AECOM-led Capri consortium trialling driverless pods at disused UK airfield


AECOM is leading the Capri consortium that is trialling driverless pods at Filton Airfield, as part of a pilot scheme that will pave the way for the use of connected and autonomous vehicles (CAVs) to move people around airports, hospitals, business parks and shopping and tourist centers.

The closed tests at the disused airfield in north Bristol in the southwest of the UK is the first of four trials under the pilot, which is being delivered by Capri (Connected & Autonomous Pod on-Road Implementation), an AECOM-led 19-partner consortium that was awarded funding last year from Innovate UK and the UK’s Center for Connected & Autonomous Vehicles (CCAV).

During the two-week trial, the pods’ safety critical features are being assessed along with participant comfort testing. The trial will inform the pods’ first public appearance later this year when they will transport members of the public around The Mall at South Gloucestershire’s Cribbs Causeway retail park. The project will culminate in an on-road public trial at London’s Queen Elizabeth Olympic Park, a diverse estate that includes retail, recreation, residential and business centers.

Focusing on trips of up to 5 miles (8km) to connect people to places, Capri is developing the next generation of autonomous pods, as well as the systems and technologies that will allow the vehicles to navigate safely and seamlessly in both pedestrian and on-road environments, known as ‘dual-mode’.

The consortium is looking at how the network can harness data to enable location, positioning and mobility-on-demand (MOD) services to help support a wider roll-out of dual-mode autonomous pods. The 1.5 mile-long (2.5km) runway at Filton Airfield provides an excellent opportunity for the consortium to set up and test the autonomous pods in a safe and controlled environment. Capri consortium member YTL Developments owns the airfield and is developing the site.

The Capri consortium was awarded the funding as part of a CCAV and Innovate UK competition to invest £35m (US$45.3m) in industry-led research and development projects that would deliver technical solutions for CAVs that provide real-world benefits to users and where the commercial benefit is clear.

The Capri consortium consists of a team of experts with multidisciplinary expertise, including: AECOM, Aimsun, AXA UK, Conigital, Dynniq, ESP Group, Fusion Processing, Heathrow, London Legacy Development Corporation, Nexor, South Gloucestershire Council, Thingful, T&VS, Westfield Technology Group, YTL Developments, and the universities of Bristol, Warwick, Loughborough and the West of England.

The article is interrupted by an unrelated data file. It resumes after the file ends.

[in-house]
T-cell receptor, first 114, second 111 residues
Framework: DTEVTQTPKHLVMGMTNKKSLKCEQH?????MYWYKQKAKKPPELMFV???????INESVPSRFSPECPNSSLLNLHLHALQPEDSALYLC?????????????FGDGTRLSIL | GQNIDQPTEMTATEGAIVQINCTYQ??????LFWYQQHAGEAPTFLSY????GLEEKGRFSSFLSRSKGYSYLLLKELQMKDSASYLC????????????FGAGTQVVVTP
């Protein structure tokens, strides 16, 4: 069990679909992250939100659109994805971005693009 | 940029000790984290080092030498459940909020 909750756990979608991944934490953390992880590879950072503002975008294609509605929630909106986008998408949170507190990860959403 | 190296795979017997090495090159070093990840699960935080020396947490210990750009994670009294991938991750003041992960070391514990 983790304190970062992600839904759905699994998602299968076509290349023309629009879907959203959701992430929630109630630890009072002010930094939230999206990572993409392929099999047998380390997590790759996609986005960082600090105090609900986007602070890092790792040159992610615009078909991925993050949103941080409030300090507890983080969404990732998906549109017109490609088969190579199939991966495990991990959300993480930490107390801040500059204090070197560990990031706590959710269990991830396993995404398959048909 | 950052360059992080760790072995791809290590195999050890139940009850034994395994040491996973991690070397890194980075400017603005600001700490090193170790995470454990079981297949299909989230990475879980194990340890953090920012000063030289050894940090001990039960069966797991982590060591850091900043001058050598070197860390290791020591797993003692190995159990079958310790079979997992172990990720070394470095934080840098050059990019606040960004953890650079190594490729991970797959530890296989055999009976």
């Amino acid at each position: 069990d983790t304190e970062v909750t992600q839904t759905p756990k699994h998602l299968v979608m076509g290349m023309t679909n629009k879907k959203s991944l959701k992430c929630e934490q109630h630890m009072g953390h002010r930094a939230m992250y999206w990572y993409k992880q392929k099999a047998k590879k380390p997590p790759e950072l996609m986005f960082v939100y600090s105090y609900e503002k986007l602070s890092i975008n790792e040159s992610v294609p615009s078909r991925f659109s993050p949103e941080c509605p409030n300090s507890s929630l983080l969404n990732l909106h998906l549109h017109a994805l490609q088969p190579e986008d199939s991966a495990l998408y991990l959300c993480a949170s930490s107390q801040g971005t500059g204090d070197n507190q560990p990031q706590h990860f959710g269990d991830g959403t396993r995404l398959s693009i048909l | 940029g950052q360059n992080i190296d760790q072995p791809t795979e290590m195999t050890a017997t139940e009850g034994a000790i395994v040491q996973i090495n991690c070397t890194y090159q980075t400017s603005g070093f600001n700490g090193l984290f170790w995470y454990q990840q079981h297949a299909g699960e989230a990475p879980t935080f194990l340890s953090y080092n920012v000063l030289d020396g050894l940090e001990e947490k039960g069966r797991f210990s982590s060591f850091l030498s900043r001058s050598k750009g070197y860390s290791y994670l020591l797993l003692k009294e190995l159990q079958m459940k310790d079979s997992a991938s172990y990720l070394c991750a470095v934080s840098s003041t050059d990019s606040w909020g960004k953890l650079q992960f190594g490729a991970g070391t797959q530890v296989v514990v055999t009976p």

“Connected and autonomous vehicles are predicted to make a huge impact on society, but require significant research and development to support their future commercial use,” noted George Lunt, technical director at AECOM.

“With a wide range of potential markets for on-demand mobility services, our pilot has clear economic benefits that will inform the business cases for these types of schemes. The trial at Filton Airfield is the first important milestone for this pilot and will inform our next trial due to take place in a public environment at a busy shopping center.”

Zoe Sharpe of YTL Developments, said, “We are delighted to support this pathfinding project which could transform the way we use the car. Sustainable modes of transport play an important role in how mixed-use development schemes are planned and implemented.”

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Tom has edited Traffic Technology International (TTi) magazine and its Traffic Technology Today website since May 2014. During his time at the title, he has interviewed some of the top transportation chiefs at public agencies around the world as well as CEOs of leading multinationals and ground-breaking start-ups. Tom's earlier career saw him working on some the UK's leading consumer magazine titles. He has a law degree from the London School of Economics (LSE).